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Business Continuity: Will Your Plans Serve the Business When You Need Them?

By the DynaSis Team

Despite decades of advocacy by IT and disaster recovery experts regarding the importance of off-site backups, crisis communication plans and other elements of business survival, many companies still don't have a functional plan for business continuity in the wake of a disaster or major disruption.

In fact, the majority of firms don't even have an adequate program for ongoing IT continuity to reduce business interruption. Per the 2013 Ponemon Institute, 86% of firms experience one or more measurable instances of system downtime in each year, with 60% of those instances being attributed to user error.

On the resiliency side, a Sungard Availability Services survey found that 75% of continuity plans are not used in their existing state during either testing or a disaster. Inadequacy of communication protocols is equally disconcerting, with 85% of companies believing their crisis communication plans aren't very effective. At the same time, severe weather events, cyberattacks and power grid overloads are causing an increasing number of business disruptions.

Cumulatively, this state of affairs makes a pretty strong case for well-planned, functional business continuity and resiliency plans, but they don't tell business owners how to go about accomplishing that task. For resource-strapped small and medium-sized business (SMB) owners, the challenge can be overwhelming.

We don't have room in this blog to provide you with sufficient practical advice, but we can offer a few pointers.

  • On-site backups are not enough. Although a disaster that destroys your physical location may be statistically unlikely, many other factors–from ice to a nearby SWAT event–can render your location unavailable. Having a remote access plan (including both on-site systems and offsite backups) for employees is a big part of avoiding short-term business disruptions.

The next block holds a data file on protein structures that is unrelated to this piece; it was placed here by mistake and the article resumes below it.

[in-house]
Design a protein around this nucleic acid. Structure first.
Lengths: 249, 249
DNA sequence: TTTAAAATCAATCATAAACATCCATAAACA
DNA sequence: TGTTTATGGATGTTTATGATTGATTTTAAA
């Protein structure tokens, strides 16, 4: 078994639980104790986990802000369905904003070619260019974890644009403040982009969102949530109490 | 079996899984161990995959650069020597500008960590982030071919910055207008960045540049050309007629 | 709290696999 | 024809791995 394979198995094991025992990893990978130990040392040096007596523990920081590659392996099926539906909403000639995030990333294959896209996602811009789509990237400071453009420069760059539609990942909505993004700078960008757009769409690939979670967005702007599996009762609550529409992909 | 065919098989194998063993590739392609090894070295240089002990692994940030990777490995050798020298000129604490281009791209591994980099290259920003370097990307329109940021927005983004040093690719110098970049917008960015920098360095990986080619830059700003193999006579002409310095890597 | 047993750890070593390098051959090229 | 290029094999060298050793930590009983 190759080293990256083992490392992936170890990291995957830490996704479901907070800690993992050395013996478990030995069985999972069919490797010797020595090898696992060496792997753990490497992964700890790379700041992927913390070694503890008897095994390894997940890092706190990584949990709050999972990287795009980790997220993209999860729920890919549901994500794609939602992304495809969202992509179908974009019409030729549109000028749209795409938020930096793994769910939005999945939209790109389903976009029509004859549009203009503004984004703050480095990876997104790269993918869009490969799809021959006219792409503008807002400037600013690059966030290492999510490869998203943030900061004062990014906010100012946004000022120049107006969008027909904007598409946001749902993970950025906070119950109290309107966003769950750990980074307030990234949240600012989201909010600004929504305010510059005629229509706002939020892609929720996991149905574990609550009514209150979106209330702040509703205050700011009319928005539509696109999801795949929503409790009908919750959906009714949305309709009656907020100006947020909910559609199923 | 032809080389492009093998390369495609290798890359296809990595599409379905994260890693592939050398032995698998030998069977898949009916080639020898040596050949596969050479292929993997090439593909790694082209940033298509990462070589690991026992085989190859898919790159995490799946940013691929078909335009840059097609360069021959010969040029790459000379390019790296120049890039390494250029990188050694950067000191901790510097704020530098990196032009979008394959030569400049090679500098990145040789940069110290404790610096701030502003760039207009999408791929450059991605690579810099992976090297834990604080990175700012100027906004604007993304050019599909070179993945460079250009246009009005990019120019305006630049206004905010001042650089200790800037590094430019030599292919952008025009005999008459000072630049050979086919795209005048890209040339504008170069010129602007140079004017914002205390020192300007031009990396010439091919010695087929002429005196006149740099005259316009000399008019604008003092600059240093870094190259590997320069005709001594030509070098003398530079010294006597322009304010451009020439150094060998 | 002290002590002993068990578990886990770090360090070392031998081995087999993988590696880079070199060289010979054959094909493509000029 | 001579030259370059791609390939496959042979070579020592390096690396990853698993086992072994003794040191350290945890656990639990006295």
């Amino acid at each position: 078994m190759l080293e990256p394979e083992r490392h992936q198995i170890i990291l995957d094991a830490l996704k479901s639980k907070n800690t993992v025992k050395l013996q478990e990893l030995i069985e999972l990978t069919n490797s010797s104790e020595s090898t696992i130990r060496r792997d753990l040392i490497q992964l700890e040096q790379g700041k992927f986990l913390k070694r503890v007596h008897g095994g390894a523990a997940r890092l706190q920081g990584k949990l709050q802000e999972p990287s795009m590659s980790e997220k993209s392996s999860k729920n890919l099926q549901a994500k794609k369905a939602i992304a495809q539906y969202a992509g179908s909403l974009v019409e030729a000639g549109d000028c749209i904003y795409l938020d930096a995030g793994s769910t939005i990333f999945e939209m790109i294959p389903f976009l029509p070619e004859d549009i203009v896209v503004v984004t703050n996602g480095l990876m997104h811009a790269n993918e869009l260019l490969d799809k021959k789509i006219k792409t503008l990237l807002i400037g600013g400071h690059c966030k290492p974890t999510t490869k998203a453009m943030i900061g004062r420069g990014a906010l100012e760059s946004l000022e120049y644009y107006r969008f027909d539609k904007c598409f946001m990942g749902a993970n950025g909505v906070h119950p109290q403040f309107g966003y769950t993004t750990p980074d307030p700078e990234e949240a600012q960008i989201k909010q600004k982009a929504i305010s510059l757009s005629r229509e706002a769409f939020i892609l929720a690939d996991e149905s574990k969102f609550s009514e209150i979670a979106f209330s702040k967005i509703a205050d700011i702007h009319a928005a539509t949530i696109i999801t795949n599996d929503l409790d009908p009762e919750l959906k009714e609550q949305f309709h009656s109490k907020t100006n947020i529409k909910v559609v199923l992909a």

• Cloud backups are only as reliable as the data center that houses them. If your cloud backups are housed in a data center located near your office, and a weather event or terrorist attack renders the entire area damaged or inaccessible, the data center could be in peril, as well. Make sure any company with whom you work has redundant data centers in locations far away from your business. During any evaluation process, also ensure the data center follows best practices.
  • The KISS rule applies in disaster planning. The old adage, “Keep it simple, stupid” is very applicable to business resiliency planning. A 300-page disaster plan is of little value if no one has read it or knows who is in charge of executing it. It's far better to have a simple, clear protocol for where backups are stored and how they can be accessed, what the chain of command will be if company leaders are out of touch, and which systems must be restored to operation, first. Such a plan is also easier for businesses to develop and manage.

There are many other aspects of disaster and disruption planning that go hand in hand with these suggestions. On the IT side, they include best practices for backup hardware, network management to reduce short-term outages and more. To explore the options and begin taking proactive steps to bolster your business continuity mechanisms (both short-term and long-term) we invite you to download our white paper on disaster recovery planning and give us a call.

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